By Dick Morris
April 05, 2003
Even if Bush were somehow inclined to bother with The New York Times, any competent political adviser will surely tell him just what I would in these circumstances: Just relax, and win this war.
Inside the White House, the media cacophony gets to you. Closely monitoring the news clips, policy makers and political leaders can become almost paranoid watching their every move be second-guessed.
The Fox News/Opinion Dynamics poll of March 25-26 shows that they shouldn't worry. They should just relax and go win the war. The American people, in fact, approve of the way the war is being waged (76 percent), expect it to take months or longer (74 percent), anticipated this level of Iraqi opposition (70 percent), feel we are not being too aggressive (87 percent). Even if we need to attack civilians being used as human shields to save American lives, voters would understand and approve by 65-18.
I would always show President Bill Clinton the polls showing how strongly the public backed him even in the worst of firestorms. Especially during the government shutdowns of 1995-96, the polls would calm him down even if he had been bouncing off the walls reading the clips and the innuendo.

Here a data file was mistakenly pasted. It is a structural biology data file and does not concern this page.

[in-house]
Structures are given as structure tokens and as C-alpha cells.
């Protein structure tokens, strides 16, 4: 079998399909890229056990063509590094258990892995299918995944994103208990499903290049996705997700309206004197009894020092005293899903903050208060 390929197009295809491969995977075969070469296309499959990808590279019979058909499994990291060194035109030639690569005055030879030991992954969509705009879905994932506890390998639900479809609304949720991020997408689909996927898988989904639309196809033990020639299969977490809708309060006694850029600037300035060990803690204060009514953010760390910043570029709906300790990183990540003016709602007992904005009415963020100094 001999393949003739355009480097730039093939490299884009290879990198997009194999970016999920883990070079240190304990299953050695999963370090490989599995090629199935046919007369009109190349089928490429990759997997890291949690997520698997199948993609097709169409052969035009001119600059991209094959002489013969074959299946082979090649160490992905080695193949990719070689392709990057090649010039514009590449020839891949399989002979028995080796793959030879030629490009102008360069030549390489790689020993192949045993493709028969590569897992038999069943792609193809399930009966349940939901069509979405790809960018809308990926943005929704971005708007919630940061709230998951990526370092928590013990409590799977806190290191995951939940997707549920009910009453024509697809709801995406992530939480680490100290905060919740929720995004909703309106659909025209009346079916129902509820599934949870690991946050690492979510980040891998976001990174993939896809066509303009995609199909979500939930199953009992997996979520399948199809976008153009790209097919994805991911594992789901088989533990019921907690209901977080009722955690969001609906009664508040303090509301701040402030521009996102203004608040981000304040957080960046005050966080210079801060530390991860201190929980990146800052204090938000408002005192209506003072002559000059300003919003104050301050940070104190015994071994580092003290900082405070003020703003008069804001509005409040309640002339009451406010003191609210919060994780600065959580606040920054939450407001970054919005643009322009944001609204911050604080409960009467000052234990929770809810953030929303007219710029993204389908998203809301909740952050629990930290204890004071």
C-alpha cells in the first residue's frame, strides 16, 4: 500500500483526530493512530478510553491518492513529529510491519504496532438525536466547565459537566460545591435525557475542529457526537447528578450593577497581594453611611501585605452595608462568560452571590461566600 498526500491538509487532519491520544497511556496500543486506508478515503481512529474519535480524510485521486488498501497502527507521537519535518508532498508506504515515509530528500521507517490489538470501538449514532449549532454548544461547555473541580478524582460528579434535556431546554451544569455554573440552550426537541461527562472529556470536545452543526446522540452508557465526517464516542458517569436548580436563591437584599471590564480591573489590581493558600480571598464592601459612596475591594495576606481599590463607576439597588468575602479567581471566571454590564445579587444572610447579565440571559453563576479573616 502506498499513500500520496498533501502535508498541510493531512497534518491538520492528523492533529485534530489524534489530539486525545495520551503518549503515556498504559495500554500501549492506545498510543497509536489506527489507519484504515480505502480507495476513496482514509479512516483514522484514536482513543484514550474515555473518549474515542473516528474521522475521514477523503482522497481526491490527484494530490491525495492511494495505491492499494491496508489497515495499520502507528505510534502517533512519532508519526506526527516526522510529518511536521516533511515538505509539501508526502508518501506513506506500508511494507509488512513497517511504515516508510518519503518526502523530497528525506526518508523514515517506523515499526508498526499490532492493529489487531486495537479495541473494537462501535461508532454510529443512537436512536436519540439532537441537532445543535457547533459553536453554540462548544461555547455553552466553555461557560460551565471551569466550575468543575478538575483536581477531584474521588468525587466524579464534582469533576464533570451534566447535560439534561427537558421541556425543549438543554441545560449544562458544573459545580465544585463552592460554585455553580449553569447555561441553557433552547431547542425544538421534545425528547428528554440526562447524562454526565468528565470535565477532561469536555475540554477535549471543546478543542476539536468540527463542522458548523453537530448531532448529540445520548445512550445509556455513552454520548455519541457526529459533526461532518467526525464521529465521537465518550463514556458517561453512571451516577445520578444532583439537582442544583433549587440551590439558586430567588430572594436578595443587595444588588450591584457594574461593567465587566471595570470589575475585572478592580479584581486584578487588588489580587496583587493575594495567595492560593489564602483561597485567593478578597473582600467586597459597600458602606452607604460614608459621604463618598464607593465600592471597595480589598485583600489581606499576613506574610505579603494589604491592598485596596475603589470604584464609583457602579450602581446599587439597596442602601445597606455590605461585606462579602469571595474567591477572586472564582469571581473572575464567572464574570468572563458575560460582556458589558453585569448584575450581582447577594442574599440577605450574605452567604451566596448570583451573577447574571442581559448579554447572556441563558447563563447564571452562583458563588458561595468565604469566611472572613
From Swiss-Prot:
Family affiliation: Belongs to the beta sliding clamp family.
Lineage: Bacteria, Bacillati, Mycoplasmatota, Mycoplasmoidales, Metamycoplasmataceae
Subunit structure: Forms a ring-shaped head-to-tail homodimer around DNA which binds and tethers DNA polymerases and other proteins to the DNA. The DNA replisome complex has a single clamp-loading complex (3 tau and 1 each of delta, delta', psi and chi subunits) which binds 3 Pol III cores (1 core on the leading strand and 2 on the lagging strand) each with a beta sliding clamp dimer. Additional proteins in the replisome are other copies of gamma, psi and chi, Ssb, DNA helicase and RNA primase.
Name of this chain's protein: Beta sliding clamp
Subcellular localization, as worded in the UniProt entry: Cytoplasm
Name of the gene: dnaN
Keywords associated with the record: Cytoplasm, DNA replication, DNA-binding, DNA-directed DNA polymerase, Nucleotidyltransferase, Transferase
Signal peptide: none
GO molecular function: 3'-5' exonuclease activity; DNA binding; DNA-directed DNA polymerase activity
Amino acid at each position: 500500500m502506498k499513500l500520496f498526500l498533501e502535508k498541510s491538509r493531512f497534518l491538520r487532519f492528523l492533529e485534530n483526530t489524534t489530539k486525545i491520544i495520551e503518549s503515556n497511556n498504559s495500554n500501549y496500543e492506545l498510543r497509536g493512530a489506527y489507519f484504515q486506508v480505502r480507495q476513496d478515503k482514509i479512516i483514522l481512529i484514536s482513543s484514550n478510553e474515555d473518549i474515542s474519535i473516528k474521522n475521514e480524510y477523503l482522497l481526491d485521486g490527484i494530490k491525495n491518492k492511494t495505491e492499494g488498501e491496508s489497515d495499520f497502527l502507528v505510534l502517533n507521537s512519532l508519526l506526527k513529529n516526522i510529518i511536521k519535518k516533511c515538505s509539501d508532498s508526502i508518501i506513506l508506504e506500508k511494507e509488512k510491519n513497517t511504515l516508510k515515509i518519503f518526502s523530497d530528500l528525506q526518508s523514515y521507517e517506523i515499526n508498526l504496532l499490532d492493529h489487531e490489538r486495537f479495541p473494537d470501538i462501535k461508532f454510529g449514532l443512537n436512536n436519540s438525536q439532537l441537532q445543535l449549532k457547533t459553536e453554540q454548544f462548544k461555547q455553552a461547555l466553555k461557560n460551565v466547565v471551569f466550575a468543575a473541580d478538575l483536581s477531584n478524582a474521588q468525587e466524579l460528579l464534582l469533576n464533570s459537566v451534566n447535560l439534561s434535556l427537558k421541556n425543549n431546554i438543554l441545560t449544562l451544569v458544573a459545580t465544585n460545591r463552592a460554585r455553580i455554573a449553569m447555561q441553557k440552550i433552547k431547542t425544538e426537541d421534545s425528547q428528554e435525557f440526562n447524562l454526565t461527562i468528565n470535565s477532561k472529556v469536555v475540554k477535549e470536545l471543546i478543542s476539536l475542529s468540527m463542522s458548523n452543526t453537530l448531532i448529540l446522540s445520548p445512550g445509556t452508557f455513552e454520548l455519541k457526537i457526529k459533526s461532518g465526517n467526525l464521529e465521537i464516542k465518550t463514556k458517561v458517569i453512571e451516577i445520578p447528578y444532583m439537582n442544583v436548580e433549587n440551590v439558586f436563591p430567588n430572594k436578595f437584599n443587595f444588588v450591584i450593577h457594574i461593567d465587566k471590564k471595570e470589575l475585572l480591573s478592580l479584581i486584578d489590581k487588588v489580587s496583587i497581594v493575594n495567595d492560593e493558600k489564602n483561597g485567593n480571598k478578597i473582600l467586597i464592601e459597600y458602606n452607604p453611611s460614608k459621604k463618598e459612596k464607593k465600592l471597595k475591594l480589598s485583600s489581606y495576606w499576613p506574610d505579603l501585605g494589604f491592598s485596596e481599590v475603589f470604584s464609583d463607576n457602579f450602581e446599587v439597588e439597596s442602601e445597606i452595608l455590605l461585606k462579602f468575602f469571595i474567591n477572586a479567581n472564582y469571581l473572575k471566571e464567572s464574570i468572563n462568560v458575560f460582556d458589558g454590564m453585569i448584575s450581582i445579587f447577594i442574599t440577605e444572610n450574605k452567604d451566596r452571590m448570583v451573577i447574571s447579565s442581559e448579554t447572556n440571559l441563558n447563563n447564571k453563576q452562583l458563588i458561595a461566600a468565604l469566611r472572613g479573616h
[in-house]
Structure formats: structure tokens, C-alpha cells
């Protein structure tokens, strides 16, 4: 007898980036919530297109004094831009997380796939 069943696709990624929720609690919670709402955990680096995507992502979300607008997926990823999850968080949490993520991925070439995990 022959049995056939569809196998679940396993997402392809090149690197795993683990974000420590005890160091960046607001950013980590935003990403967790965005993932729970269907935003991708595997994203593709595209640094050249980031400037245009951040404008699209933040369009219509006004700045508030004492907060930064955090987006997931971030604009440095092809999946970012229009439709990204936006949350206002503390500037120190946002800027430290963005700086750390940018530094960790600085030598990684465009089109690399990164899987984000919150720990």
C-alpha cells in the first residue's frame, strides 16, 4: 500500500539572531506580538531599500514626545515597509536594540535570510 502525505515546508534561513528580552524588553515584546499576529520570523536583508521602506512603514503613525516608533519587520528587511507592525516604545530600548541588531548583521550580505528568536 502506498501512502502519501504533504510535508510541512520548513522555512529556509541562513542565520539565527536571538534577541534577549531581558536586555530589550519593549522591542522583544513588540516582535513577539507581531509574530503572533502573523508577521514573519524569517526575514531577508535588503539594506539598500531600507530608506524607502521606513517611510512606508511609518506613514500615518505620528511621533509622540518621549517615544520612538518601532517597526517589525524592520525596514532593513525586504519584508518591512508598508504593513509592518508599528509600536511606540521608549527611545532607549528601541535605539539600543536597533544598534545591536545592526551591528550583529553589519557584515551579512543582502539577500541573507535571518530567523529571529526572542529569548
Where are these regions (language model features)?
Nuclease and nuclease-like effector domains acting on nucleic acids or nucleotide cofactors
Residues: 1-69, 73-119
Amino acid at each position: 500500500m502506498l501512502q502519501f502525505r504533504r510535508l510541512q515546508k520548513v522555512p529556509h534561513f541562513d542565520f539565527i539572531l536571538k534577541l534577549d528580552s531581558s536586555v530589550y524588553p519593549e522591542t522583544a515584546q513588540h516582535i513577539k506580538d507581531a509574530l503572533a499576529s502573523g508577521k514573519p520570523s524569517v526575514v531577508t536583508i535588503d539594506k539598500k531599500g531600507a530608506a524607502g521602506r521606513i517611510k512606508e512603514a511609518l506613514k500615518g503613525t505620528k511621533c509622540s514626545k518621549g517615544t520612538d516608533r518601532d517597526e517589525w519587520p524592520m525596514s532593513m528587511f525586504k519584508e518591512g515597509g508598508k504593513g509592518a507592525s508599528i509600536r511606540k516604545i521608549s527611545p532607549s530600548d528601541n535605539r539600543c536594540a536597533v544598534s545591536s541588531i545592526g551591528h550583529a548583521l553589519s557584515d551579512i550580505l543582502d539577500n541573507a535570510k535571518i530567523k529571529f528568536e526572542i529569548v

If I worked at the White House now, I'd bring the polls to Bush even though he doesn't believe in polls - to show how off base the media is in its criticism and speculation about what the Times called the "fickleness" of public support.
The polling should also persuade the Defense Department and the Pentagon that they can do what they need to do to win the war without worrying that Americans are about to walk out on them.
Scarred by Vietnam, the military can be overly concerned with keeping public support. They need to understand that Americans aren't going anywhere. The public isn't plagued by doubt or ambivalence: It backs what the military is doing. Civilians see this war as self-defense and are willing to tolerate whatever burden they must to win it.
There is no fragility or tentativeness
in Americans' support, but rather a maturity that can set aside
media doubts and affirm their strong support for the war and
the military's courage and determination.